In Conversation with Scottish Makar, Jackie Kay

By Betty Mayhew & Day Lilico

Sun and summer soaks the Main Marquee at the North Cornwall Book Festival, and Day and I are lucky enough to catch up with the brilliant Jackie Kay, MBE and Scottish poet laureate. We are big fans of Kay’s poetry, and are grinning ear to ear throughout the meeting. Here’s how it went:

Betty: Transgender studies narratives has been missing in fiction a lot recently, what was it that made you want to write a trans narrative or draw on a trans story for your novel, Trumpet?

Well I was first of all, inspired by something I read in the newspaper about Jazz musician Billy Tipton, who lived all of his life as a man and when he died it was discovered that he was biologically female and his adopted son was quoted as saying ‘he’ll always be daddy to me’ and I find that really quite inspiring, it makes you aware that if you love somebody enough, you believe them. It made me think that identity was also about love as much as anything else.

Betty: And when you write about sexuality, do you feel like you become a generational voice for other aspiring queer writers, like myself?

I don’t think you think about that when you’re writing, in a way, because I think it would be inhibiting and I think it would make you feel that the personal voice that you strive for in your work would become overblown and bloated. So I never think of myself particularly as an inspiration, I mean I’m always delighted when people tell me that I am, wow that’s lovely, but I don’t sit writing thinking that and I think that would affect my writing if I did. I think it’s a funny thing with writing its both private, initially, and it goes on to be public but I think that business of you being alone with the page doesn’t really change, you’re just sat there alone wondering if you can do it or not and thinking that you will fail and that’s just all you do, and that’s a part of a writer’s  art- we all have that. We all wonder if we’re up to the job, if we’re going to be able to pull it off, if we’re going to be able to do it or not. That’s what we do.

Betty: Relating to that idea of failure and striving to ‘make it’ – how did it feel to win your first award? Was it a feeling of validation, that it’s all worth it?

Yeah, it was a great feeling of wild excitement. It feels like a such a reward really, it’s not really to do with what you get given, cause often that’s not very much! It’s actually that was is given is unquantifiable, and that is a massive endorsement- like somebody saying ‘I believe you’, for somebody to say ‘I believe you’ to your work as if your work was a person or something and that’s quite a thrilling thing.

Day: Which award are you most proud of?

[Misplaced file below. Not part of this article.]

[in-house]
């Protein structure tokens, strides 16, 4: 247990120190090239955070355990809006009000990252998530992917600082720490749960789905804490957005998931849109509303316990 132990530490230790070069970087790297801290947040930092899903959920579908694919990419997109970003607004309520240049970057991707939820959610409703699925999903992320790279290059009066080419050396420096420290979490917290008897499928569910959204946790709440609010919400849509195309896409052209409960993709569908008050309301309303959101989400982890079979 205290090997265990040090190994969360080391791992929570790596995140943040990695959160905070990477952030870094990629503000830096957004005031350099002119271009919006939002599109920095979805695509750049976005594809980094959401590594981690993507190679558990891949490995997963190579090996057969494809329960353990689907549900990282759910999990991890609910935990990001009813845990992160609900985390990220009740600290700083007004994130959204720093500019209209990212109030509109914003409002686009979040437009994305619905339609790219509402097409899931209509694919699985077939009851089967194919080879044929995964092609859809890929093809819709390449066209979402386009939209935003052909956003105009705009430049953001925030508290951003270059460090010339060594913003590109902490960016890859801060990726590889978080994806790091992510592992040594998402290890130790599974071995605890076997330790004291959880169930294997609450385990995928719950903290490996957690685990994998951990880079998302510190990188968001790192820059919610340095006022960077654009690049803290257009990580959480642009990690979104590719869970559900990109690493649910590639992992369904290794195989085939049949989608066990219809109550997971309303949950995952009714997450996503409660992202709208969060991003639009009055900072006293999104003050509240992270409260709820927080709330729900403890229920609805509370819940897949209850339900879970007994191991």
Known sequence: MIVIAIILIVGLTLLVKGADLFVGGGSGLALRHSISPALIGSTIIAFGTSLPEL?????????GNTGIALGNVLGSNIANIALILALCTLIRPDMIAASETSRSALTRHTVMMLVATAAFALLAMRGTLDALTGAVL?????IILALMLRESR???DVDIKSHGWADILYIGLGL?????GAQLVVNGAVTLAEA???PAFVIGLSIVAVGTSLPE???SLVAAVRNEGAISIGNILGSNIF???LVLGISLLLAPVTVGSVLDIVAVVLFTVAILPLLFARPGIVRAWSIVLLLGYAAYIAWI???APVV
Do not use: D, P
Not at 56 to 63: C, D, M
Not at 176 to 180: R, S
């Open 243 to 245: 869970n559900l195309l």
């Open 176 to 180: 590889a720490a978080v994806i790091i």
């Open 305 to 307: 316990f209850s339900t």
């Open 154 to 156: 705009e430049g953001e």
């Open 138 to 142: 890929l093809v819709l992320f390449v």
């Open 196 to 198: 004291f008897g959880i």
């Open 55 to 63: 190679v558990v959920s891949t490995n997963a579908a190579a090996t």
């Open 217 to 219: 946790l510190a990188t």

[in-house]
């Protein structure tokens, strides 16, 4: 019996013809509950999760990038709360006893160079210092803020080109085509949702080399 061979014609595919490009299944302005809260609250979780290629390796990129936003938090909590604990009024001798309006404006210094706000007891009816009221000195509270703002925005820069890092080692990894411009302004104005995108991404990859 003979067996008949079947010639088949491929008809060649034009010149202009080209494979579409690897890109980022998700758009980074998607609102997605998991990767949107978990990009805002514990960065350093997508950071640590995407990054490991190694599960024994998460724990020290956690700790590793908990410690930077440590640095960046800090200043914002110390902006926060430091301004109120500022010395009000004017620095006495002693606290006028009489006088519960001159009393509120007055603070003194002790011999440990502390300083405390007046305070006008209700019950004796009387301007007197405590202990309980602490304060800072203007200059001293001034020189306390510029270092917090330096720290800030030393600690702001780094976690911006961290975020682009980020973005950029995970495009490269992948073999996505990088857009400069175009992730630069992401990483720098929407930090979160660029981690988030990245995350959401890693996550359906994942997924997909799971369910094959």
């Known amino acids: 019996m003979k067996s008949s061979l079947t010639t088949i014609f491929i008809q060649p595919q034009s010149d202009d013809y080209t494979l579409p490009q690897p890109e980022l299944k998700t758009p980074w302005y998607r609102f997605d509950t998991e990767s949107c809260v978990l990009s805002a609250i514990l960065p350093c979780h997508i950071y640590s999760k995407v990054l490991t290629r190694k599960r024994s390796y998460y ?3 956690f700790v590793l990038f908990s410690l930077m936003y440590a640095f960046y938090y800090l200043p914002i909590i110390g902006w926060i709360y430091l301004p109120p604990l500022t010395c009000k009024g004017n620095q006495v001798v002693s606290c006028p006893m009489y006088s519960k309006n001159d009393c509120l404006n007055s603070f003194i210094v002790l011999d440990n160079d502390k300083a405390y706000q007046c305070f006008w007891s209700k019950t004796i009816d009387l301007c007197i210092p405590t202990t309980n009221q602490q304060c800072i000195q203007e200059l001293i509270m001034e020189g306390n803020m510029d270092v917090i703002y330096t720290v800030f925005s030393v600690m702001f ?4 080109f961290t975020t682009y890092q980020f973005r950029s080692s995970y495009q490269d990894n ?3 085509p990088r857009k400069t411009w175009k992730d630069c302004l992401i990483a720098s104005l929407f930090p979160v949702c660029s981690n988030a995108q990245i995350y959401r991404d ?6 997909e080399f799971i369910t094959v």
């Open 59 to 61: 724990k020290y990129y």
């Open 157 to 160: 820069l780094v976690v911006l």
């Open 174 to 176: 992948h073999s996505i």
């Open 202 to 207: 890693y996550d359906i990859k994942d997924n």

Probably The Guardian Fiction Prize for Trumpet, there was also the Forward prize for The Adoption Papers, for one of the poems I was really proud of that as well. The Scottish Book award for Red Dust Road, very, very proud of that. It’s really hard to pick, I mean.

Day: Well when you’ve won so many awards!

[Laughter]

Exactly, it’s just so hard to choose. In fact it would seem a terrible thing to choose between them, you know, like choosing between your children- which is your favourite child? Any award feels like a massive encouragement, it really makes you think – and it puts quite a bit of pressure on you. Getting good marks in anything, puts some pressure onto you because then it’s what you’re going to do next. It also means someone else has thought I can do this, and a part of you thinks ‘wow that’ great’. When I finished Trumpet, I really wasn’t sure if I’d managed to pull it off. It really took readers to tell me, and don’t have that feeling yourself when you’re writing.

Betty: I had a whole seminar of people tell me how inspired they were by Trumpet and how we’d never read anything like it. It was so different for us, to experience a story about trans narratives that also was about nationality, identity – we were so enthralled. All of us. We loved it.

Thank you.

Betty: Finally, a main theme of Trumpet is nationality and Scottish identity. How do you think your own cultural identity has influenced your writing in this way? Do you feel it’s also your story?

I think that it helps to have a complex identity yourself if you’re writing about complex identities. It’s not absolutely necessary – but it helps if your own sense of self is already multiple. And if you’ve got a tenuous relationship with your own country where you felt like you half belong and half don’t, if there’s any position where you’re in as a person where you feel like you’re on the border between one thing and another – then it really helps when you’re writing because you draw on that. It might be that what your drawing on is very different. I’ve not myself been a trans person, I’ve not been in that position that my character Joss Moody has been in, but I have been black and Scottish and growing up in a household where the people didn’t look like me – everybody at school – and I felt very much on the outside of things and that sense of being black and Scottish went in to create Joss Moody and into creating Coleman. The idea of invention, inventing yourself. When you’re adopted you partially do invent yourself, you invent your birth family – you make things up, you make stories up and it becomes part fairytale. So you’ve already got a story going on, and I think being a writer is listening to stories that are inside you as well as listening to the stories that are outside of you.

Day and Betty: Thank you so much we’re looking really forward to your talk!

All this and more at the North Cornwall Book Festival 2016, 21st-23rd October at St Endellion.

Photo credit: Daniel Hall Photography